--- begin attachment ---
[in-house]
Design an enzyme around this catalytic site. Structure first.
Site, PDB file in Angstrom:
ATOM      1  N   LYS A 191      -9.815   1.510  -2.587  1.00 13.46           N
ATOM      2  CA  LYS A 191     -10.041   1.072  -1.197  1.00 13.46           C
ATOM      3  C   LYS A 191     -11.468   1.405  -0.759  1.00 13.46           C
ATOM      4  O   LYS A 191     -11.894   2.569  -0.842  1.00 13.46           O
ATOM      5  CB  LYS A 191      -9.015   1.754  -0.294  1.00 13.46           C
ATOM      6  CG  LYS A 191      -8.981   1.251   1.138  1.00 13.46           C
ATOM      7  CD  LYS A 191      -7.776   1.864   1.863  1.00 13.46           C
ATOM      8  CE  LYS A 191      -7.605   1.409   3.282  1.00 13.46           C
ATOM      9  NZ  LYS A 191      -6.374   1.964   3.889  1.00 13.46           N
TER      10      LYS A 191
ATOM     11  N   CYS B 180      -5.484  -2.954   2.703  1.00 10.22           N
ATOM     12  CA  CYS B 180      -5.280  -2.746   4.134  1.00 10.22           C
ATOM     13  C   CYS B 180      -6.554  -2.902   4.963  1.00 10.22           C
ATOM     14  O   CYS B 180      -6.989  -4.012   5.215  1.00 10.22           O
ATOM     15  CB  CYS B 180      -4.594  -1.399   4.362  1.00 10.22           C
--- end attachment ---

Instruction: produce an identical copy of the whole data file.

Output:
[in-house]
Design an enzyme around this catalytic site. Structure first.
Site, PDB file in Angstrom:
ATOM      1  N   LYS A 191      -9.815   1.510  -2.587  1.00 13.46           N
ATOM      2  CA  LYS A 191     -10.041   1.072  -1.197  1.00 13.46           C
ATOM      3  C   LYS A 191     -11.468   1.405  -0.759  1.00 13.46           C
ATOM      4  O   LYS A 191     -11.894   2.569  -0.842  1.00 13.46           O
ATOM      5  CB  LYS A 191      -9.015   1.754  -0.294  1.00 13.46           C
ATOM      6  CG  LYS A 191      -8.981   1.251   1.138  1.00 13.46           C
ATOM      7  CD  LYS A 191      -7.776   1.864   1.863  1.00 13.46           C
ATOM      8  CE  LYS A 191      -7.605   1.409   3.282  1.00 13.46           C
ATOM      9  NZ  LYS A 191      -6.374   1.964   3.889  1.00 13.46           N
TER      10      LYS A 191
ATOM     11  N   CYS B 180      -5.484  -2.954   2.703  1.00 10.22           N
ATOM     12  CA  CYS B 180      -5.280  -2.746   4.134  1.00 10.22           C
ATOM     13  C   CYS B 180      -6.554  -2.902   4.963  1.00 10.22           C
ATOM     14  O   CYS B 180      -6.989  -4.012   5.215  1.00 10.22           O
ATOM     15  CB  CYS B 180      -4.594  -1.399   4.362  1.00 10.22           C